Where Local and Global Appetites Collide

AZ Culinary Tourism:Happy Salsa Trail to You

Last week I joined a travel writer on a jaunt on the Salsa Trail in Graham County and Greeley County in Arizona.

Most of the action is in and around Safford. What can I say about Safford?

Let’s see: Cotton and hay are grown there and the current plentiful Gila River is the reason the agricultural palette is bright green upon more green surrounded by panoramic mountain ranges of every color.

Aside from the Salsa Trail, there’s not a whole lot to do in Safford except for the hot springs. There are two — Kachina Hot Springs which is more institutional and Essence of Tranquility, which is quite charming. There are a lot of historical buildings and a walking tour but it was too hot to walk around. I wish Safford had more cool antique stores, gift shops, book stores, and a coffee house that was open longer than 11 a.m. to 1 p.m. You can forget about ever seeing a chic wine bar.

Getting back to the Salsa Trail. It appears that some town politico hierarchy wished the dining options weren’t all Mexican and some marketing whiz took what was conceived as a negative and gave it a positive spin — hence the Salsa Trail.

The Salsa Trail features 15 restaurants or salsa/tortilla experiences in Safford, Pima, Thatcher, Solomon, Duncan, Clifton, York, and Willcox. Most likely you wouldn’t get to experience them all in a weekend unless of course you were a travel writer and a friend of the travel writer.

Actually we didn’t try them all as two were closed for summer vacation and one fell through the cracks.

Tucson has some of the best Mexican restaurants in the United States (much better than Los Angeles) yet the Salsa Trail’s Mexican restaurants were more influenced by New Mexico style cooking serving red and green chiles but never red and green together (known as Christmas style).

In Tucson, green chile is hard to come by but on the Salsa Trail, everyone served delicious green chile sauce and stew with pork (and once with beef) while red chile sauce and stew was made with beef.

Menu items called the big daddy and the little momma were similar to a flattened tostada or Mexican pizza. A chaluca or chalaca proved to be a masa bowl that fit in the palm of your hand topped with grilled meat, bits of grilled onion, chopped tomato and topped with melted cheese.

Then of course there was the salsa, all handmade, with varying degrees of heat dependent on the chile crop, the kind of chiles used, how much jalapenos were added, and at what point in the preparation.

Here are some Salsa Trail highlights:

A must stop is the San Simon Chile Company but unfortunately it’s only open from August-October and sporadically the rest of the year. They grow, roast their only chiles, and make their own salsas, jellies (from chiles), and relishes. The chipotle salsa and jalapeno relish rocked. I brought some home and cannot wait to make a tuna salad sandwich using the jalapeno relish.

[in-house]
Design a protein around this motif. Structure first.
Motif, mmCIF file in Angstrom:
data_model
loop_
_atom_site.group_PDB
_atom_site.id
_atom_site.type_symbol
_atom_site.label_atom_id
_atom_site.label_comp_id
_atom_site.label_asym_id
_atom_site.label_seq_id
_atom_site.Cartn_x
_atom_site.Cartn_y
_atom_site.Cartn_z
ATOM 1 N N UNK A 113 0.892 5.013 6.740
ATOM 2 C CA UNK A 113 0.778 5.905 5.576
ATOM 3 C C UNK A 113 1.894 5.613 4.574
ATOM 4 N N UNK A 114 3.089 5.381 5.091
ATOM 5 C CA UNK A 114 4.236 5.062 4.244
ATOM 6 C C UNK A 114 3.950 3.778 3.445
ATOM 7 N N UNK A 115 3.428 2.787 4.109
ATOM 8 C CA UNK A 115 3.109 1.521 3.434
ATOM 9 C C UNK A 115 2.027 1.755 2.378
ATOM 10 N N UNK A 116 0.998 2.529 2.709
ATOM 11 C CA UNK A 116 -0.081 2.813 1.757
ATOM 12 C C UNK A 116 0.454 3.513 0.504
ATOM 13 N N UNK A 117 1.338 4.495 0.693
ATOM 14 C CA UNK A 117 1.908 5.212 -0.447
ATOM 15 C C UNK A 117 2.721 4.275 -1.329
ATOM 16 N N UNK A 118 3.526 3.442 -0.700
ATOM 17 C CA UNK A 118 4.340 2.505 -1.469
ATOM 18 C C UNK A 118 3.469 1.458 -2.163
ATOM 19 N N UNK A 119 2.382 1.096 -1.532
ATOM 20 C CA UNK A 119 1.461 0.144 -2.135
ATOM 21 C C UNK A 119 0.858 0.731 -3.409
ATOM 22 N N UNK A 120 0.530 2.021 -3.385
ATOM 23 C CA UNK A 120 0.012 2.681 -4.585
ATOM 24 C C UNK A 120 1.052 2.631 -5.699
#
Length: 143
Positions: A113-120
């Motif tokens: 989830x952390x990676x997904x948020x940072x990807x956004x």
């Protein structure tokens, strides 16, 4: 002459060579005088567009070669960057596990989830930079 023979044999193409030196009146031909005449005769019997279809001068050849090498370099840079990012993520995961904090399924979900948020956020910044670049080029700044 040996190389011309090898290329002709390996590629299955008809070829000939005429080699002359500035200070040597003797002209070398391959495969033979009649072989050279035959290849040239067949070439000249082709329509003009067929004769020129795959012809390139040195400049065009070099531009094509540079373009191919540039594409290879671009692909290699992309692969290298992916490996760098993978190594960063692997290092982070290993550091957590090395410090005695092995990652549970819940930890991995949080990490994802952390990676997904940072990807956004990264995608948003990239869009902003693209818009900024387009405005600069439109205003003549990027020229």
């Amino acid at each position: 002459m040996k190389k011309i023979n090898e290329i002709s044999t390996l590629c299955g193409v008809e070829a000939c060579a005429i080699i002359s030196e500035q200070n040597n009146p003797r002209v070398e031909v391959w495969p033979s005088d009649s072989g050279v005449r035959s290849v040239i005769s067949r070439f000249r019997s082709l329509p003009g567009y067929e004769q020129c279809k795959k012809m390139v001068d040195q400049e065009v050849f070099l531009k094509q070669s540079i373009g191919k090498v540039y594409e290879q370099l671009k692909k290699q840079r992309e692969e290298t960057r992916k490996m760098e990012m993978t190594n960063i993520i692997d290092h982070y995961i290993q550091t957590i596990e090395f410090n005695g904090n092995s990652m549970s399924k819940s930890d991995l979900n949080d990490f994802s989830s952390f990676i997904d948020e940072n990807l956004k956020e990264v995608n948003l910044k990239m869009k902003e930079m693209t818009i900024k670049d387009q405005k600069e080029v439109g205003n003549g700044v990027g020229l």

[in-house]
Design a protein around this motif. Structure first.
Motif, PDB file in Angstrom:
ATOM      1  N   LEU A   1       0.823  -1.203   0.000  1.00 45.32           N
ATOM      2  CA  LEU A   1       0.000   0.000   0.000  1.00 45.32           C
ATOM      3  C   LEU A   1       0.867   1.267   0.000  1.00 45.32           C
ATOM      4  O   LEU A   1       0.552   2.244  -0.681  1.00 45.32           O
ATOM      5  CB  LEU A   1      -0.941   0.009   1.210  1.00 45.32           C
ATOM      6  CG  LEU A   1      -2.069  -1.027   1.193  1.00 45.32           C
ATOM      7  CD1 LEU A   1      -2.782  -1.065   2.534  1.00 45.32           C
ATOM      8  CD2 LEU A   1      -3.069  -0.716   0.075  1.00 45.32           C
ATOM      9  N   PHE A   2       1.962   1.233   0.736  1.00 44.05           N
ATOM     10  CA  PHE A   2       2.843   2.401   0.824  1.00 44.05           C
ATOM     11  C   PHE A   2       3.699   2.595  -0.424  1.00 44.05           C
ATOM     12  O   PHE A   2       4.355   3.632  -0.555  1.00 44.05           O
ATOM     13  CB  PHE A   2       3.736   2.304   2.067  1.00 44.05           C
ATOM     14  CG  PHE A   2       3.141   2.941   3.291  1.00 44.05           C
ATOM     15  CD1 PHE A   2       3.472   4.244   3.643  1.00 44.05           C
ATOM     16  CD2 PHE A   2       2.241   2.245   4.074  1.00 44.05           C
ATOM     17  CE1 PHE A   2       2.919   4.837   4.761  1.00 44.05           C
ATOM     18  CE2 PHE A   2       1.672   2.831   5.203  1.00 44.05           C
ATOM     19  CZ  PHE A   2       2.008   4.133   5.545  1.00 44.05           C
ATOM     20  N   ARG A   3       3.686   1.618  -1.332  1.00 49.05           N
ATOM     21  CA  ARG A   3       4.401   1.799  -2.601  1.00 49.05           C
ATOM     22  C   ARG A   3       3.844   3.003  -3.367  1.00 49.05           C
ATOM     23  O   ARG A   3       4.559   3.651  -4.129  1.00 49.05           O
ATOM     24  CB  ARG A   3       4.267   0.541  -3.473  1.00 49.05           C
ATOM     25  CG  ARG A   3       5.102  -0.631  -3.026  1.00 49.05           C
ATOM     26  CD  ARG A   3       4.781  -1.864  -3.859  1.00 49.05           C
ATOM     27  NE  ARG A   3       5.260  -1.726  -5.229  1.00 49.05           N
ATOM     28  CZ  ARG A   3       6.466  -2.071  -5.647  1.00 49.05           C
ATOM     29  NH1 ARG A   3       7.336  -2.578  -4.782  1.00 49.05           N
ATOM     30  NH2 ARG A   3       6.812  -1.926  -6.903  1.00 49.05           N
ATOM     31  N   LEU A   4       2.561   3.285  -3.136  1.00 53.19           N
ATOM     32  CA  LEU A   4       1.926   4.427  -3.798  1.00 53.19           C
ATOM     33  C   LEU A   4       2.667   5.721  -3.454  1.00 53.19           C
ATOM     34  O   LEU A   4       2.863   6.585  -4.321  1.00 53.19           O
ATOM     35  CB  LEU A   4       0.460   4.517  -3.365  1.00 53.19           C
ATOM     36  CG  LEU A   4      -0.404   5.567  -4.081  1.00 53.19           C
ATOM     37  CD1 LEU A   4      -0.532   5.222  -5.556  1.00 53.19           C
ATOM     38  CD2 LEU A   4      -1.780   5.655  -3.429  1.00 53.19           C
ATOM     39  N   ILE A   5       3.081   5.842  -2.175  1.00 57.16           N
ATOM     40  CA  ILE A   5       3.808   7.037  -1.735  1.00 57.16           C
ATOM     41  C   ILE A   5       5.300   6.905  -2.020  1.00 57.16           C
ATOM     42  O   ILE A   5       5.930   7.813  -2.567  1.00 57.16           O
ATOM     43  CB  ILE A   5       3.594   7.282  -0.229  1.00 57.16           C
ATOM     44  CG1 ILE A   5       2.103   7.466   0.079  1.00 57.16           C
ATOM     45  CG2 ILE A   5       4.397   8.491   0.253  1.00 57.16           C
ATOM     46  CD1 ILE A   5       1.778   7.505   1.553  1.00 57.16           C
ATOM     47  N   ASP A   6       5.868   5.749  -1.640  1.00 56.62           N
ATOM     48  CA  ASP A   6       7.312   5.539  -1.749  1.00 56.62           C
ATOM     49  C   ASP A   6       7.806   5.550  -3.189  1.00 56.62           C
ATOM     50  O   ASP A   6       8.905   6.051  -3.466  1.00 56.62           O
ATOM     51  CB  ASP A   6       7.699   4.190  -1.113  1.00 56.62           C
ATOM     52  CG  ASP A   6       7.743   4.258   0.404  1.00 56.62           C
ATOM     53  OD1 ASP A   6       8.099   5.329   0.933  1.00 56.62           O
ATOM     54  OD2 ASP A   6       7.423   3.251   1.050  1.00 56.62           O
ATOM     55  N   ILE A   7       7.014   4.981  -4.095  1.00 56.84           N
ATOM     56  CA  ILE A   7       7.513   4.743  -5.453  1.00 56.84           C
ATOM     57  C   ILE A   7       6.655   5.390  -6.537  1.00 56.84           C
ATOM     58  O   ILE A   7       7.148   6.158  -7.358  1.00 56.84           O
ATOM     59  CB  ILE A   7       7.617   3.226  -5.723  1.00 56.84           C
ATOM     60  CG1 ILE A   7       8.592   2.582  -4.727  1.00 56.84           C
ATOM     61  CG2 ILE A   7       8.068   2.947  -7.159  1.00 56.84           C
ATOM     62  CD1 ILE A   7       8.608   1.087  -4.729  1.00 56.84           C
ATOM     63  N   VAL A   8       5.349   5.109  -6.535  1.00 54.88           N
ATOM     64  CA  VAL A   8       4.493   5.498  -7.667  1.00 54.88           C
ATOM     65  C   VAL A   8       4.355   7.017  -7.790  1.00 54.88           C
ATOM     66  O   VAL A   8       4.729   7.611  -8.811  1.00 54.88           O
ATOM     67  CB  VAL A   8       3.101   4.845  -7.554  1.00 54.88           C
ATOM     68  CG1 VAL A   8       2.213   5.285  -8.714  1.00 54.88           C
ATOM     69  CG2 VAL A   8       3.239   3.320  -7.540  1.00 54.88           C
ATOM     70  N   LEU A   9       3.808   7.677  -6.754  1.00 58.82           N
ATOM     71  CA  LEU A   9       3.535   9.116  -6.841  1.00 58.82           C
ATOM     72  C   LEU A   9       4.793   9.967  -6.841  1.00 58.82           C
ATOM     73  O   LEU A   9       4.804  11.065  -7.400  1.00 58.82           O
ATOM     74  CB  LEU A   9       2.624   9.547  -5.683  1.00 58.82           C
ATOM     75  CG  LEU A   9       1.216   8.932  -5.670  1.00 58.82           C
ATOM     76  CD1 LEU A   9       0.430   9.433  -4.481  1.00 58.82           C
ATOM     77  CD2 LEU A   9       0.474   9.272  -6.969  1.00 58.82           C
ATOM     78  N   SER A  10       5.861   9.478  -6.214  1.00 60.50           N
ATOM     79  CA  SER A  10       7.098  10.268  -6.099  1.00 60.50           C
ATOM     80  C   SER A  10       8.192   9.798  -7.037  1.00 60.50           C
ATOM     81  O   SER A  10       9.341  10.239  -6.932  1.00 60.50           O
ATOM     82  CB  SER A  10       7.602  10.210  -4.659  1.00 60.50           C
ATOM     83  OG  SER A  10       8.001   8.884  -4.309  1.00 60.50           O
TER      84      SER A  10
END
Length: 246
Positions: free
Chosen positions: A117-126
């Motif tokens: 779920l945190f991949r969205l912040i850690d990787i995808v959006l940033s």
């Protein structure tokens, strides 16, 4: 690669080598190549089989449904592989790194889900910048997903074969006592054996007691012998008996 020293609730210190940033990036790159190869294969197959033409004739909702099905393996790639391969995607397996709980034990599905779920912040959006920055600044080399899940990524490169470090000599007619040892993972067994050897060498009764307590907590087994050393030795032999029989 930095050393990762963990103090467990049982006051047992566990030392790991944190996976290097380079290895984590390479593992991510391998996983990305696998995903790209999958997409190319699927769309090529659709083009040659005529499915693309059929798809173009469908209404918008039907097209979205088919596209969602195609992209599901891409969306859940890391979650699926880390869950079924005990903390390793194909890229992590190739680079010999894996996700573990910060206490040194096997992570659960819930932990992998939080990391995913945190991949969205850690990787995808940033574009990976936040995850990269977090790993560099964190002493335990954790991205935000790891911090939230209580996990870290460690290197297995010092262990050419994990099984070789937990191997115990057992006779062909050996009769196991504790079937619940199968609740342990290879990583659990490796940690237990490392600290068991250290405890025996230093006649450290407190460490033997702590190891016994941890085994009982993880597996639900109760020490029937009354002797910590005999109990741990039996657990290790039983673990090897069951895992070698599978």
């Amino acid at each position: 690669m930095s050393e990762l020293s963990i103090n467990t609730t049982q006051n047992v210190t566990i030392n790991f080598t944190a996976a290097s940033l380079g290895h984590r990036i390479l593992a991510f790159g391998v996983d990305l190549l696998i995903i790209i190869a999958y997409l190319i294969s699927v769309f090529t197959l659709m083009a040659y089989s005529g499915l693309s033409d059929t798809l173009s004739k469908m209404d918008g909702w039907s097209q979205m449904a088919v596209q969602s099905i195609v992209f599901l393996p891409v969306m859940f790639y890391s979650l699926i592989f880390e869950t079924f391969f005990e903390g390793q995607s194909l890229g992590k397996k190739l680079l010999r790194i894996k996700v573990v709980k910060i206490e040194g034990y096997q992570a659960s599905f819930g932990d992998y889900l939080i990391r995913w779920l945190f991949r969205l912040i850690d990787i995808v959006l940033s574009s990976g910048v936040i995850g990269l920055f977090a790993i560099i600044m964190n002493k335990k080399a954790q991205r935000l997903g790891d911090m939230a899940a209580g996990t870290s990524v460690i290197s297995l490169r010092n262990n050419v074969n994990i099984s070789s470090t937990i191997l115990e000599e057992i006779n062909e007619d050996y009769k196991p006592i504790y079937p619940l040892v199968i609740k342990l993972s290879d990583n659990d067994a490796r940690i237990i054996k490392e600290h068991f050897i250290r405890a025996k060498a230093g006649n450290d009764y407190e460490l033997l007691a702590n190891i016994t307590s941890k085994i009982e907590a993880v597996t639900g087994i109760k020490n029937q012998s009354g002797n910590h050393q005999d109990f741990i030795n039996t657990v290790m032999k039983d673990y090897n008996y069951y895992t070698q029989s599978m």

El Coronado was another favorite. We ate breakfast here while chatting with the owner (Mary) who was amazing hard working. Our chorizo and eggs was just perfect as were the potatoes and beans. Mary, like others on the Trail, buy beans locally and prepare them the old fashioned way of cooking over a low heat for long hours rather than reconstituting them like many Mexican restaurants who take hasty shortcuts. She also made a huevos Rancheros burrito  with enchilada sauce — sort of like three Mexican specialities wrapped up into one.

Mary wouldn’t let us leave town without stopping by the next day for pumpkin empanadas (I guessed the secret ingredient) and piquant salsa for the cooler will travel. 

In my humble opinion, El Charro had the best green chile stew and excellent salsa. The owner Dalton makes three different kinds of salsa and amazingly they were all spectacular but my tastebuds leaned to the chipotle variety known as Caribe.

On the way back to Tucson, the last leg included Salsa Fiesta in Willcox and even if I thought I could not ever eat another bite — the caramelo was absolutely worth every morsel. A caramelo is similar to a quesadilla but smaller, then lightly stuffed with carne asada, chopped tomatoes, and melted cheese. In this case the tomatoes are from Eurofresh, pesticide-free greenhouse grown tomatoes. We also sampled a chile relleno that was light and fluffy, not battered to death.

It’s good to be home and back to salad days.

However, I wish happy salsa trails to you.

  1. Sounds like a cool trip! Or should I say a hot one.
    So AZ should promote that kind of thing more and more. What with wine country growing more and more….

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